To examine the possibility that the 215C allele was weakly expressed in patient XPCS4RO, her RT-PCR products were cloned and 24 independent clones were sequenced. Of the 23 readable sequences, 18 contained the 215C→A mutation but 5 clones had the wild-type 215C. Further analysis of one of these 5 clones revealed the presence of a C at the polymorphic 138 site, and a 526C→T transition. XPCS4RO genomic DNA generated an equimolar mixture of C and T at position 526 (Fig. 4D), thereby confirming the presence of a mutation in the second XPG allele.
We conclude that patient XPCS4RO was a compound heterozygote and that her two XPG alleles can be distinguished in three ways. One allele gives rise to very limited amounts of stable mRNA, it contains a 138C polymorphism and a 526C→T transition. This mutation would have changed Gln-176 to a premature UAG stop codon, thus resulting in a severely truncated XPG protein. The second allele accounts for most of the XPG mRNA and it contains a 138T polymorphism and a 215C→A transversion. This mutation gives rise to a P72H substitution in the conserved N-region of the XPG protein (Fig. 4E).
XP and CS are very rare autosomal recessive disorders having photosensitivity as one common characteristic, yet only XP is associated with an extremely high level of skin tumors in sun-exposed areas (1). Neurologic complications represent another of their common features but again they significantly differ, XP patients frequently presenting progressive neurologic degeneration whereas neuronal demyelination is characteristic of CS. The even rarer combination of both disorders, the XP/CS complex, a term first introduced by Robbins (10), affects XP groups B, D, and G, and only a handful of cases are known worldwide. Thus, three out of the five reported XP-B patients present CS (11), only two of the >60 XP-D cases are XP-D/CS, and four of the previously reported nine XP-G cases were also CS. The XP-G/CS combination is particularly severe: all four XP-G/CS individuals died prematurely (7 mo to 6.5 y) with few signs of XP (4–6).
The new XP-G patient XPCS4RO reported here is remarkable in many respects. At an exceptionally early age, she presented some hallmark XP features, including severe sun sensitivity with exfoliate blistering, freckling, and keratoses on sun-exposed parts. Her cultured fibroblasts have very low UDS ability, indicating a severe NER deficiency. She also presented several key CS symptoms, including sensorineural deafness, cataracts, and microcephaly. Additionally, her facial appearance at the age of 11 mo resembled that of a much older child (Fig. 1), which could be an indication of premature aging, a hallmark of CS. Her very early demise at 11 mo might also suggest early onset CS. However, she lacked some other important CS symptoms, such as growth defects, cachexia, a bird-like facies, and brain calcification. Overall, her clinical and cellular phenotypes are consistent with one of two disorders: XP/CS (10), or a particular form of XP, earlier known as De Sanctis-Cacchione Syndrome, which is always associated with neurologic deterioration [reviewed in (12)]. The patient's marked neurodegeneration (atrophy) argues more in favor of De Sanctis-Cacchione Syndrome; however, decreased tendon reflexes usually associated with the latter were not apparent.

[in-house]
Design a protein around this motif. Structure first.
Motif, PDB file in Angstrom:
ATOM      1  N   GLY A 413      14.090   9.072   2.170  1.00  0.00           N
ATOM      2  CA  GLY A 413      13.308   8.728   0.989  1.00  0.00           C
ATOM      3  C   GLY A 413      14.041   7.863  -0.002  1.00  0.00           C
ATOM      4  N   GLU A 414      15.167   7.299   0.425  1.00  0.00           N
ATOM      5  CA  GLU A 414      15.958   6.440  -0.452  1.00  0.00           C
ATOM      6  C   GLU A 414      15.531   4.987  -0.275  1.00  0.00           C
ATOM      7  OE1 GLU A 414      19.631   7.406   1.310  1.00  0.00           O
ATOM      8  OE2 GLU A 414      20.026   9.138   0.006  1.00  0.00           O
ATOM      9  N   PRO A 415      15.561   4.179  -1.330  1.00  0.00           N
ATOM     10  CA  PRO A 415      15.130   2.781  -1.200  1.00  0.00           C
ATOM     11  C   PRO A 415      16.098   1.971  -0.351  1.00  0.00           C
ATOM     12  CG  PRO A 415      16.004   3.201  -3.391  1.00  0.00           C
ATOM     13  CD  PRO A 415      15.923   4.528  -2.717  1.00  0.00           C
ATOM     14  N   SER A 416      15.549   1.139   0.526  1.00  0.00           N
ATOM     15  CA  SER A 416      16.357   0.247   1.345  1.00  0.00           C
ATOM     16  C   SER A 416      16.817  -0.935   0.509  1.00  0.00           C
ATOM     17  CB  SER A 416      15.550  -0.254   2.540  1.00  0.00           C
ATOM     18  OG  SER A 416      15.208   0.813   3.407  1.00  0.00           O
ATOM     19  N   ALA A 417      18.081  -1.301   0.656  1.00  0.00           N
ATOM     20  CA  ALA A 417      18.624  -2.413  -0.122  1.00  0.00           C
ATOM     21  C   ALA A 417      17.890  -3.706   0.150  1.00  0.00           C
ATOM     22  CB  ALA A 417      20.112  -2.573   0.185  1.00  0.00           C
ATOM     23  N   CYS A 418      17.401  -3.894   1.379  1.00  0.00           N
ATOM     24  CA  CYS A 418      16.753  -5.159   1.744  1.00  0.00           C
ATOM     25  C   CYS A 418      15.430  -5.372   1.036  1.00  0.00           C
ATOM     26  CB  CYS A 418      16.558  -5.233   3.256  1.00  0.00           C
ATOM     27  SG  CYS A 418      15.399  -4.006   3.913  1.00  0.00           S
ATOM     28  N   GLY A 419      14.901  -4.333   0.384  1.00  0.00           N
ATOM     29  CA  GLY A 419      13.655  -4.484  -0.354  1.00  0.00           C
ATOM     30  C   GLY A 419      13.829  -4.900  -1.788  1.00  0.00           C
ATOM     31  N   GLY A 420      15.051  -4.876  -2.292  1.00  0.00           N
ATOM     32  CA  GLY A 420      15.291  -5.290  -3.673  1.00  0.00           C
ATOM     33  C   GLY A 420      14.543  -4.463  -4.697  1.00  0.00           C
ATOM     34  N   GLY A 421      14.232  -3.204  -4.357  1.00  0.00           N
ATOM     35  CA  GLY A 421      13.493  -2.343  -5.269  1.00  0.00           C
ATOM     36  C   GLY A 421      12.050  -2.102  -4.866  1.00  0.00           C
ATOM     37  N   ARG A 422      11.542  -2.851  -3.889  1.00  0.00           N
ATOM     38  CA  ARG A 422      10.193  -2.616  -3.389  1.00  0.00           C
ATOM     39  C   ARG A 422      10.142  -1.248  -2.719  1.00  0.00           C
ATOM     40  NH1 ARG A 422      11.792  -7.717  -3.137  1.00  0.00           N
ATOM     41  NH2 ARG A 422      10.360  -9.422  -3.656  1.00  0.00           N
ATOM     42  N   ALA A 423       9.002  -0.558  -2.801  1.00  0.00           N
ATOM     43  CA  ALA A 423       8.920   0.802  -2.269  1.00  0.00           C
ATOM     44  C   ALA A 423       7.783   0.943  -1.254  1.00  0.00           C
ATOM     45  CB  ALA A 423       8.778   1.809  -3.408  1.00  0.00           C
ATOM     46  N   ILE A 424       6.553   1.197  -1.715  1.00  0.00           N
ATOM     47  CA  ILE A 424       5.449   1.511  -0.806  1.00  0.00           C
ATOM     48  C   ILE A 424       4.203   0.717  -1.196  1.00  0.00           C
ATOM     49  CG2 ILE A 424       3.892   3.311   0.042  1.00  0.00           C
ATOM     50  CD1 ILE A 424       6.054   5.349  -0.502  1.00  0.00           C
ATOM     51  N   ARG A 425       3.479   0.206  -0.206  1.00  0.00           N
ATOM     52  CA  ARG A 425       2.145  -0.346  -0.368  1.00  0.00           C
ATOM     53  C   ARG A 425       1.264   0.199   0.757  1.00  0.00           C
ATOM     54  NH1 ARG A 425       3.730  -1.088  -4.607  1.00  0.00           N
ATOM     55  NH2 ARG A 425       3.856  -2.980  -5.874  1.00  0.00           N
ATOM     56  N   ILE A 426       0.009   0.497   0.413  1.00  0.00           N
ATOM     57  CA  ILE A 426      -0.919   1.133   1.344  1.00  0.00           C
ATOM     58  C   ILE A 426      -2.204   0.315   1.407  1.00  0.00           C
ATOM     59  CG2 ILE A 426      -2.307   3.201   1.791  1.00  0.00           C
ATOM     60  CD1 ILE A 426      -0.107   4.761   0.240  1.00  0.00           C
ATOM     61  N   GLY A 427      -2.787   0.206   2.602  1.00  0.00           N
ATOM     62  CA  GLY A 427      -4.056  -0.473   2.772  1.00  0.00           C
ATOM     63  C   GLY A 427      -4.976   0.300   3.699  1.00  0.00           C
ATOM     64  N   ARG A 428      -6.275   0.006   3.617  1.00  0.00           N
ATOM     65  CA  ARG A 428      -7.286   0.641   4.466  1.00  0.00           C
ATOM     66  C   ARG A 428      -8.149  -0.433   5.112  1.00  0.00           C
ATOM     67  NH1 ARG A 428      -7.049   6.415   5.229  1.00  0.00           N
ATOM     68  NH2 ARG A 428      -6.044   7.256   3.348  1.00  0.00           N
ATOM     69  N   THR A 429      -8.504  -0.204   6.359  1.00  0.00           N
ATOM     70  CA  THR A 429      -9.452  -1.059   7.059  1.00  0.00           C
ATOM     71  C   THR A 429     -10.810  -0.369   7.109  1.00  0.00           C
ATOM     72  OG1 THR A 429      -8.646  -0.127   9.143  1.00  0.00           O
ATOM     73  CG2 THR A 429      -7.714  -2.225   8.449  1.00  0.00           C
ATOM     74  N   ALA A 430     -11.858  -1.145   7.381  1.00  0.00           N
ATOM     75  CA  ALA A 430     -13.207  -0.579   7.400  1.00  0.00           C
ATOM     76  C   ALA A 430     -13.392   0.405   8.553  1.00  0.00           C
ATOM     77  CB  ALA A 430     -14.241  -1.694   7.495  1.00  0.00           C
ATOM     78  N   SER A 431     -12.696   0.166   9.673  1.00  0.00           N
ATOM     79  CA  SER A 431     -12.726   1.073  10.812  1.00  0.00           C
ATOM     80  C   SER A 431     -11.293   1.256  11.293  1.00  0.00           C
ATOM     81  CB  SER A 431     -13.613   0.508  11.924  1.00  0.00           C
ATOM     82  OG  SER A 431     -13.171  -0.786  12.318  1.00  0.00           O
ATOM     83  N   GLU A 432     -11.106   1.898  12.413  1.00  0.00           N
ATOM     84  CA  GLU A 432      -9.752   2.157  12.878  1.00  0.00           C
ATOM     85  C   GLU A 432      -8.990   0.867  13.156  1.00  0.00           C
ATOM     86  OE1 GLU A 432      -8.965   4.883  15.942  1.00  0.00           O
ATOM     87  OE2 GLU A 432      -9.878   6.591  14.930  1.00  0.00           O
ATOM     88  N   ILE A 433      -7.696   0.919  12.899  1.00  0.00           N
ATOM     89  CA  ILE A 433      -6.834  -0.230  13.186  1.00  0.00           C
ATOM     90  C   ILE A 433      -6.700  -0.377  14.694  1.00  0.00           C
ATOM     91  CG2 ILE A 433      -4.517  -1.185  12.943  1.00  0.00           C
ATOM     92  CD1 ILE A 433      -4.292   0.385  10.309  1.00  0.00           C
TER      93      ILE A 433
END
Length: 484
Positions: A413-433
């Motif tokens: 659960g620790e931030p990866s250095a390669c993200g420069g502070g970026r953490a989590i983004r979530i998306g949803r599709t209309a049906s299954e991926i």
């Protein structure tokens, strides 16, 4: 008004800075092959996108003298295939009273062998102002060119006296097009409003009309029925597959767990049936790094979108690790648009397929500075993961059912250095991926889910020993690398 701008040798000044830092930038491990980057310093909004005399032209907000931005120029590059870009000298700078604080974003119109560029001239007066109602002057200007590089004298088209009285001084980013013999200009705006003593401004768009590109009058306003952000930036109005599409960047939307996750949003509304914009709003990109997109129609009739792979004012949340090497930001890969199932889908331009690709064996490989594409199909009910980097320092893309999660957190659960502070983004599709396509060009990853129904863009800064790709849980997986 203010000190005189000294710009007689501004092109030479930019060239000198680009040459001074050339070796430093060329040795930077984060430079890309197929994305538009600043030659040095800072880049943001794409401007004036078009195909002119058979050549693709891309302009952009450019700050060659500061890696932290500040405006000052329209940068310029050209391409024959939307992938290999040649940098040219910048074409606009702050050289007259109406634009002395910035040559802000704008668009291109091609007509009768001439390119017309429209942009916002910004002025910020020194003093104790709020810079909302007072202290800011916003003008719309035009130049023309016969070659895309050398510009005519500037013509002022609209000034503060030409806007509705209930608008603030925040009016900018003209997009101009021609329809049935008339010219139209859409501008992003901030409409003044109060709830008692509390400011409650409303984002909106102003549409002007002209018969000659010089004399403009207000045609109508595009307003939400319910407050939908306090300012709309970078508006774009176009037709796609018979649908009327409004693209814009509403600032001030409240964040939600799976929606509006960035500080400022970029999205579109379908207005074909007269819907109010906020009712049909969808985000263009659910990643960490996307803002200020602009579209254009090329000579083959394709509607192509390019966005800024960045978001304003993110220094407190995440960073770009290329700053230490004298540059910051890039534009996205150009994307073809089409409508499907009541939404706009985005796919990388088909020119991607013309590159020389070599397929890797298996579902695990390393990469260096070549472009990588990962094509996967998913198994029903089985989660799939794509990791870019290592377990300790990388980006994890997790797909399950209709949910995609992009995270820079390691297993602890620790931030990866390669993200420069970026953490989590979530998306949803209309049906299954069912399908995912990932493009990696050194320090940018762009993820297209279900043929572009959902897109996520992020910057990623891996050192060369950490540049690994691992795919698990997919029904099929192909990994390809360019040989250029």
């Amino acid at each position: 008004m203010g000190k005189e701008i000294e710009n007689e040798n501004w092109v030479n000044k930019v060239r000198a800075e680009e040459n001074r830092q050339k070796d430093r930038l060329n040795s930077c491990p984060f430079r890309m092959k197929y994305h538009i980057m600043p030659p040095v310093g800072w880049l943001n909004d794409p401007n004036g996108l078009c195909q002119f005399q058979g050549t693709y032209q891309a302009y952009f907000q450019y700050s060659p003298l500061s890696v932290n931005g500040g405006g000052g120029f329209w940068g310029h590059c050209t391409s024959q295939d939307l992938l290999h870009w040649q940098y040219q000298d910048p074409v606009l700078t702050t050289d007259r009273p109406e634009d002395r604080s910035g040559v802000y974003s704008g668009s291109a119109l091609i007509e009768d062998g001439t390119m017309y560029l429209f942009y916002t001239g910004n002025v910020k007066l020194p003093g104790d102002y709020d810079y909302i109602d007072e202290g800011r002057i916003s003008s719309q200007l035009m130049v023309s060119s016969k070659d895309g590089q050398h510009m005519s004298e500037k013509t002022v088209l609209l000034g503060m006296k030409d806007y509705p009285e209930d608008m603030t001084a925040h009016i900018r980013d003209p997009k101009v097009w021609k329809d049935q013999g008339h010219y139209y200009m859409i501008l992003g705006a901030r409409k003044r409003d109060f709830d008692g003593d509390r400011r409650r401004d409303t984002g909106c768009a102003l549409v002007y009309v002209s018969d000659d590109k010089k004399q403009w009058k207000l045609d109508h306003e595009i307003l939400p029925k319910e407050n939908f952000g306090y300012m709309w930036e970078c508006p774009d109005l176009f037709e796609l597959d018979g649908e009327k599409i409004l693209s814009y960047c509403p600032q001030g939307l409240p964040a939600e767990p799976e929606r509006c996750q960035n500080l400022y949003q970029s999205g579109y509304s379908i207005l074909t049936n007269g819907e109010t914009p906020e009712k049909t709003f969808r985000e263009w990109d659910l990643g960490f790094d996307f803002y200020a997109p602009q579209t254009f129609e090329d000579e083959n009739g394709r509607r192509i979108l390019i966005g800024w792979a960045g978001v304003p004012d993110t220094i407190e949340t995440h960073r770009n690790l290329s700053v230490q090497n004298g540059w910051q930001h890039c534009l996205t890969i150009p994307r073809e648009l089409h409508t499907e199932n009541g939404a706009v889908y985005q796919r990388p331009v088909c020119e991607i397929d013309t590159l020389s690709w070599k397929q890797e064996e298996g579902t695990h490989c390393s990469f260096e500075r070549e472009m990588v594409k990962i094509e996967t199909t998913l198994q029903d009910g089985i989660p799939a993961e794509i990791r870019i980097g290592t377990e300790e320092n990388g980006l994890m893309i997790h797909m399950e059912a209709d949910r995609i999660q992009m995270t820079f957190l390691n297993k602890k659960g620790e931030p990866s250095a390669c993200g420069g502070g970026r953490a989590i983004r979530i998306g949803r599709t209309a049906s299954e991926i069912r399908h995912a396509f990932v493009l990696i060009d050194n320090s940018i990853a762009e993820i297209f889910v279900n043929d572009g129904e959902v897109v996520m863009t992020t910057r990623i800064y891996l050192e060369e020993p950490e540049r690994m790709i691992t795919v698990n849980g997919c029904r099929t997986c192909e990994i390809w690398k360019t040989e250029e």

The first XP-G patient to be characterized at a molecular level, XP125LO, is a very mildly affected individual currently in her mid-twenties (13). She encodes a truncated XPG protein from her paternal allele and a full-length XPG with an A792V substitution from her maternal allele (9). This substitution occurs in the highly conserved I-region (7) and it severely diminishes the ability of XPG to restore UV resistance to XP-G cells (9). Patient XPCS4RO is also a compound heterozygote with one XPG allele encoding a truncated protein and the other full-length XPG with a single amino acid substitution (Fig. 4). It is curious that mRNA for the truncated form was not detected in the total RT-PCR products (Fig. 4A), whereas it represented 5 of 23 RT-PCR clones. Whatever the explanation, this mRNA accounts for only a minor fraction of the XPCS4RO XPG mRNA and it seems not to be stably maintained. This is consistent with much evidence for the rapid decay of mRNAs containing premature stop codons (14). Attention is therefore focused on the consequences of the mutation in the second XPG allele.